Thursday, July 1, 2010
____DAY 2: The agricultural machinery company have been waiting since Febuary for the arrival of my load; a combine harvester is waiting to be rebuilt in time for the forthcoming season. Soon unloaded; I'm heading back to Brandon for a trailer change over. Grain bins going to Yorkton, Sk. Not a long run , only 179 miles, to be tarped as usual. It's a hot and sticky, overcast day; after a welcome shower, I cruise up to Yorkton to finish just before dusk.
____DAY 4: Six weeks of storms across the Prairies have left there mark, but no-where more so than at Maple Creek and Irvine. The Sk/Ab border towns suffered most and the Trans-Canada Highway failed to re-open after flooding, so I was forced to go north to Rosetown and then east to Calgary. Crossing the Rockies by the route known to all truck-drivers as "Golden"; not so much named after the town but because of the nearby site of the government scale, notorious for sniffing out over-heating brake pads. I stop overnight at the rebuilt Husky Truckstop, handily placed above the scale.
____DAY 6: My steel building is going to be yet another self- storage enterprise, sitting high above the river, overlooking the town and it's sawmills, a building plot to "die for" in some countries will be a row of steel roller shutters. But a good man on a zoom-boom soon has me unloaded. Northern BC should be good for a load of lumber to just about anywhere so I'm not worried about getting reloaded, even if it is Friday. However, other people have other ideas: 2340 miles; collecting a pre-loaded trailer from North Bend, Washington. delivering in British Columbia and Alberta. A days driving empty; running the "Canyon", the route beside the Thompson and Fraser Rivers, a spectacular road swooping and climbing whilst the waters churn and crash endlessly alongside. A new border crossing into the US at Sumas, just 2 miles off the TCH, south of Abbotsford. Across to Interstate 5 and down to Donna's Truckstop, to end the day on the topside of Seattle.
____DAY 7: Thoughtfully all the custom formalities were done by the office on Friday, so it is just a case of chaining down the three aerial access towers and heading back north. Crossing on the Pacific Highway, east to Hope and then again into the Canyon; running upstream and fully loaded. With not a great deal of mileage until the first drop at Prince George on Monday morning ; I park overnight at Cache Creek.
____DAY 8: There is a World Cup match on in the morning, but as I didn't see the last match and England won, I decide not to watch this time in case I jinx it for them. Anyhow I save myself 90 minutes of anguish. Once more into the Cariboo, Williams Lake and northwards to Prince George.
____DAY 9: The medium sized machine is the first off, no problem, and I continue along Hwy 97 heading for Fort St. John. At about the Continental Divide, road improvement work stops all traffic for nearly an hour while rock-blasting takes place. After that it is slow progress as all the traffic is now bunched in a convoy with every shape and size of RV. The management at Fort St. John tell me that for insurance purposes it is my job to unload the biggest of my Genie access platforms. Never haven driven one before, I need their yard man to start it up; but after that, by following his instructions, it drives off quite nicely. Earlier I had received reload instructions that needed me to pick up empty snowmobile and ATV crates; starting with the dealer at Fort St. John. So with one access tower left to deliver, I load 30 crates behind it and head to the next pick-up , down the Alaska Highway at "Mile Zero": Dawson Creek. Minutes too late to load.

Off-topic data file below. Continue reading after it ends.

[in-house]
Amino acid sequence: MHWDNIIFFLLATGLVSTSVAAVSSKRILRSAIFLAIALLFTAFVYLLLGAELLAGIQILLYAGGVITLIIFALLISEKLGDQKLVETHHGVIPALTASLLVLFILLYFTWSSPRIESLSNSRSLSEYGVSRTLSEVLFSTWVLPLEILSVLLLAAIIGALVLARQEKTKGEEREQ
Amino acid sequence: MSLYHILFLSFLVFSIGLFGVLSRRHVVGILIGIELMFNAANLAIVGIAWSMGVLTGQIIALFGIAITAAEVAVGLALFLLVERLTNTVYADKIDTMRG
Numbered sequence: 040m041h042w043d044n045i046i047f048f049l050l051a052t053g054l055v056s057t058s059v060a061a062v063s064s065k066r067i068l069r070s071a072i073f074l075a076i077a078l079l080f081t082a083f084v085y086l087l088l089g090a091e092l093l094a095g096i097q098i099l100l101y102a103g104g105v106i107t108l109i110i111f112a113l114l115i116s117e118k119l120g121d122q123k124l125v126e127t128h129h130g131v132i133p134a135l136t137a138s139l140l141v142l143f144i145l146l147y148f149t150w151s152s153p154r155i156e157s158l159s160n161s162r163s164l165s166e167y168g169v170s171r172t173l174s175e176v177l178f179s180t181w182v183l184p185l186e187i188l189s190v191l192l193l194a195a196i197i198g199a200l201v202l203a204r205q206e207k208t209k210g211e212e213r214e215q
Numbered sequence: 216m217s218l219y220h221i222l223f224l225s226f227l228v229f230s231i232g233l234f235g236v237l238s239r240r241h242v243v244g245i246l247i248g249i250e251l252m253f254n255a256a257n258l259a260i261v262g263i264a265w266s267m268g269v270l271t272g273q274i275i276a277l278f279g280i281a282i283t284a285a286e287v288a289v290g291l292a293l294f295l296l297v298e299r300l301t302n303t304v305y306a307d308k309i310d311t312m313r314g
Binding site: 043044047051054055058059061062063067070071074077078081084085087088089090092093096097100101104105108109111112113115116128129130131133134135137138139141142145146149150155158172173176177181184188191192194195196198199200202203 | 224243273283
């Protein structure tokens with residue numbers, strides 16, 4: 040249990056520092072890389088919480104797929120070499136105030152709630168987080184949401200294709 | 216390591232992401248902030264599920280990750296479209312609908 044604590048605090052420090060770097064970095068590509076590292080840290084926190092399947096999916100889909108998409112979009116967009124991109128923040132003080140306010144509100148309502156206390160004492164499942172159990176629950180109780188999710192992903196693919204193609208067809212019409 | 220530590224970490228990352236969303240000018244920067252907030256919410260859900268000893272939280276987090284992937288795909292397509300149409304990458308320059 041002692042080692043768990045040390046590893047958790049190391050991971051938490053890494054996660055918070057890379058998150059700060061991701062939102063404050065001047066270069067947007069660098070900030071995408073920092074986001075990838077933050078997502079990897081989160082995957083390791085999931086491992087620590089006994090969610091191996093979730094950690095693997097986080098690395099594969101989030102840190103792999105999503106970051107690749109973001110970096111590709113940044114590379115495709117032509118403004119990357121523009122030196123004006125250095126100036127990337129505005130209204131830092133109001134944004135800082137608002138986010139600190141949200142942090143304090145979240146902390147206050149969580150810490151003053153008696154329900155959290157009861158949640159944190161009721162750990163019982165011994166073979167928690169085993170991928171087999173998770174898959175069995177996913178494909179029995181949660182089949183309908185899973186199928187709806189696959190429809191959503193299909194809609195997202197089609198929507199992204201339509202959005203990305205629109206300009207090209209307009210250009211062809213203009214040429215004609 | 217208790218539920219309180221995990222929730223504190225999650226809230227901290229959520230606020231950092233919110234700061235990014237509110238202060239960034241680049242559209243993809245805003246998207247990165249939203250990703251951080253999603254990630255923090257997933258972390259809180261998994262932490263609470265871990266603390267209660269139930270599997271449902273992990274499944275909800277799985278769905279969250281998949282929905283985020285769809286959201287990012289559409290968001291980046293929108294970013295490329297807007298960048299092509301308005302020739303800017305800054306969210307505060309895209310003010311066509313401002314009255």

____DAY 10: The dealer is opposite Wal-Mart and it's a good job he has room for me to park over night.Wal-Mart's parking lot is full of RVs; 75 year old american couples in $300,000 motor homes towing town cars. It's great to see them doing the Alaska Highway roadtrip, even if their children's inheritance depreciates at every mile marker. Twenty-two crates from Dawson Creek, next Spruce Grove, 600 kilomtres away in Alberta. Twenty-six crates, but time has run out on getting the last delivery done. Blast those highway workers; their Monday morning explosions have cost me big time.
____DAY 11: Everything delivered and everything collected; time to head home. Edmonton is more than one days drive from Steinbach, so it's not worth pushing on regardless, a nice little siesta at Saskatoon, finishing at Yorkton to complete a big circle.
____DAY 12: Just under six hours driving back to base and the storm clouds havn't gone away whilst I have been away. Thunder and lightening ruining many peoples Canada Day holiday. July 1st in Canada, July 4th in the US; a long holiday weekend in North America.
____Overall Distance:- 7456 kms.